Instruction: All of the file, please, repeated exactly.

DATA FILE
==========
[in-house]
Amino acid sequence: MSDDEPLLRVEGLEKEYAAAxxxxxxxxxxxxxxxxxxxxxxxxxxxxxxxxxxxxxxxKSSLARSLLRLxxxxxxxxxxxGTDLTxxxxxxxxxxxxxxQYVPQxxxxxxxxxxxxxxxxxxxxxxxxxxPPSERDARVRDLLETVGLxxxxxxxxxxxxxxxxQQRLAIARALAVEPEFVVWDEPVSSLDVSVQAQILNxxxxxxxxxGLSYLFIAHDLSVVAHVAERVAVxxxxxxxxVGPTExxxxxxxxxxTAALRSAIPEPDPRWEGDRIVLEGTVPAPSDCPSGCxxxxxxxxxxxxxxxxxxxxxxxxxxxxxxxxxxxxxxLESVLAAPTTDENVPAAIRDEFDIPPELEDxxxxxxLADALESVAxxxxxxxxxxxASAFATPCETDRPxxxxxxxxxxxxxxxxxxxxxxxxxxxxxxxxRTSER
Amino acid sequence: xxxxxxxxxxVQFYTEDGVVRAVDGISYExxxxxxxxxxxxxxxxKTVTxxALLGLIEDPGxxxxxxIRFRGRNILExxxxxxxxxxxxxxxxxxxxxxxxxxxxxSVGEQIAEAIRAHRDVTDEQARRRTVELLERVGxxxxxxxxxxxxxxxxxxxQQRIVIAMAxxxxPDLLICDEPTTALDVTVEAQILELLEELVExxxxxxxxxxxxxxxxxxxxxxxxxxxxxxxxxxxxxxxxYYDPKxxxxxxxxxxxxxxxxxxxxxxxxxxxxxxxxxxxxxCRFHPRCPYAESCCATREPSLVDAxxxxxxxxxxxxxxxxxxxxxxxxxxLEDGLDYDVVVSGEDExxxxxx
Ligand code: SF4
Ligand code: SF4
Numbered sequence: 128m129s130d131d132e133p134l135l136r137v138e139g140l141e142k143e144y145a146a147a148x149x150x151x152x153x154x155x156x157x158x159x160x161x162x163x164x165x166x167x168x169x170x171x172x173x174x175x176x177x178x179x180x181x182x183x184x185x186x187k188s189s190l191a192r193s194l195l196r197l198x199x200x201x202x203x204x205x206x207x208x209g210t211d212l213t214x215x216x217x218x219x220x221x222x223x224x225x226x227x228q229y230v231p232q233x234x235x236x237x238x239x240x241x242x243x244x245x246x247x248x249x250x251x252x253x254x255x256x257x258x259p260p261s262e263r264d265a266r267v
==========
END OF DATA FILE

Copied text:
[in-house]
Amino acid sequence: MSDDEPLLRVEGLEKEYAAAxxxxxxxxxxxxxxxxxxxxxxxxxxxxxxxxxxxxxxxKSSLARSLLRLxxxxxxxxxxxGTDLTxxxxxxxxxxxxxxQYVPQxxxxxxxxxxxxxxxxxxxxxxxxxxPPSERDARVRDLLETVGLxxxxxxxxxxxxxxxxQQRLAIARALAVEPEFVVWDEPVSSLDVSVQAQILNxxxxxxxxxGLSYLFIAHDLSVVAHVAERVAVxxxxxxxxVGPTExxxxxxxxxxTAALRSAIPEPDPRWEGDRIVLEGTVPAPSDCPSGCxxxxxxxxxxxxxxxxxxxxxxxxxxxxxxxxxxxxxxLESVLAAPTTDENVPAAIRDEFDIPPELEDxxxxxxLADALESVAxxxxxxxxxxxASAFATPCETDRPxxxxxxxxxxxxxxxxxxxxxxxxxxxxxxxxRTSER
Amino acid sequence: xxxxxxxxxxVQFYTEDGVVRAVDGISYExxxxxxxxxxxxxxxxKTVTxxALLGLIEDPGxxxxxxIRFRGRNILExxxxxxxxxxxxxxxxxxxxxxxxxxxxxSVGEQIAEAIRAHRDVTDEQARRRTVELLERVGxxxxxxxxxxxxxxxxxxxQQRIVIAMAxxxxPDLLICDEPTTALDVTVEAQILELLEELVExxxxxxxxxxxxxxxxxxxxxxxxxxxxxxxxxxxxxxxxYYDPKxxxxxxxxxxxxxxxxxxxxxxxxxxxxxxxxxxxxxCRFHPRCPYAESCCATREPSLVDAxxxxxxxxxxxxxxxxxxxxxxxxxxLEDGLDYDVVVSGEDExxxxxx
Ligand code: SF4
Ligand code: SF4
Numbered sequence: 128m129s130d131d132e133p134l135l136r137v138e139g140l141e142k143e144y145a146a147a148x149x150x151x152x153x154x155x156x157x158x159x160x161x162x163x164x165x166x167x168x169x170x171x172x173x174x175x176x177x178x179x180x181x182x183x184x185x186x187k188s189s190l191a192r193s194l195l196r197l198x199x200x201x202x203x204x205x206x207x208x209g210t211d212l213t214x215x216x217x218x219x220x221x222x223x224x225x226x227x228q229y230v231p232q233x234x235x236x237x238x239x240x241x242x243x244x245x246x247x248x249x250x251x252x253x254x255x256x257x258x259p260p261s262e263r264d265a266r267v